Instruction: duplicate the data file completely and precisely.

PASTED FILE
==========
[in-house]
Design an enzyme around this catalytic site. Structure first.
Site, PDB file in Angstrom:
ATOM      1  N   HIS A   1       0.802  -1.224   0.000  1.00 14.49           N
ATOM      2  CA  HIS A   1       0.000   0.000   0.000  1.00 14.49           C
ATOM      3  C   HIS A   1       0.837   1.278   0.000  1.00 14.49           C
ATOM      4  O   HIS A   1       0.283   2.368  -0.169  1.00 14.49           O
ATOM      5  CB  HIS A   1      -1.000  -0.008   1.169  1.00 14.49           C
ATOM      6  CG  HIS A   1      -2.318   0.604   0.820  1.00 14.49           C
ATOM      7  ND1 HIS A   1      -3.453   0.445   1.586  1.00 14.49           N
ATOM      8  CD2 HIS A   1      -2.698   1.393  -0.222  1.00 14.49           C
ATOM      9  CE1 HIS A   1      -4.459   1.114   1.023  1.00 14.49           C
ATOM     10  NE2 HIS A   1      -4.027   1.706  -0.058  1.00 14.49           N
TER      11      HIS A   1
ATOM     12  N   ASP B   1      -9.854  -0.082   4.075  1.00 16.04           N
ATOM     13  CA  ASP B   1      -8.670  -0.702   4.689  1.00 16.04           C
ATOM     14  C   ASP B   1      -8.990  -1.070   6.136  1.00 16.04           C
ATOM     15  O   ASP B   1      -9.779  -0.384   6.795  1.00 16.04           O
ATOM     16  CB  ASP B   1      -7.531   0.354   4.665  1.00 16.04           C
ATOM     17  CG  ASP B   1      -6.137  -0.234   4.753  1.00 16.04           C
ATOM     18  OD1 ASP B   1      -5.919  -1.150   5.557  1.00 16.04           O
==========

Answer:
[in-house]
Design an enzyme around this catalytic site. Structure first.
Site, PDB file in Angstrom:
ATOM      1  N   HIS A   1       0.802  -1.224   0.000  1.00 14.49           N
ATOM      2  CA  HIS A   1       0.000   0.000   0.000  1.00 14.49           C
ATOM      3  C   HIS A   1       0.837   1.278   0.000  1.00 14.49           C
ATOM      4  O   HIS A   1       0.283   2.368  -0.169  1.00 14.49           O
ATOM      5  CB  HIS A   1      -1.000  -0.008   1.169  1.00 14.49           C
ATOM      6  CG  HIS A   1      -2.318   0.604   0.820  1.00 14.49           C
ATOM      7  ND1 HIS A   1      -3.453   0.445   1.586  1.00 14.49           N
ATOM      8  CD2 HIS A   1      -2.698   1.393  -0.222  1.00 14.49           C
ATOM      9  CE1 HIS A   1      -4.459   1.114   1.023  1.00 14.49           C
ATOM     10  NE2 HIS A   1      -4.027   1.706  -0.058  1.00 14.49           N
TER      11      HIS A   1
ATOM     12  N   ASP B   1      -9.854  -0.082   4.075  1.00 16.04           N
ATOM     13  CA  ASP B   1      -8.670  -0.702   4.689  1.00 16.04           C
ATOM     14  C   ASP B   1      -8.990  -1.070   6.136  1.00 16.04           C
ATOM     15  O   ASP B   1      -9.779  -0.384   6.795  1.00 16.04           O
ATOM     16  CB  ASP B   1      -7.531   0.354   4.665  1.00 16.04           C
ATOM     17  CG  ASP B   1      -6.137  -0.234   4.753  1.00 16.04           C
ATOM     18  OD1 ASP B   1      -5.919  -1.150   5.557  1.00 16.04           O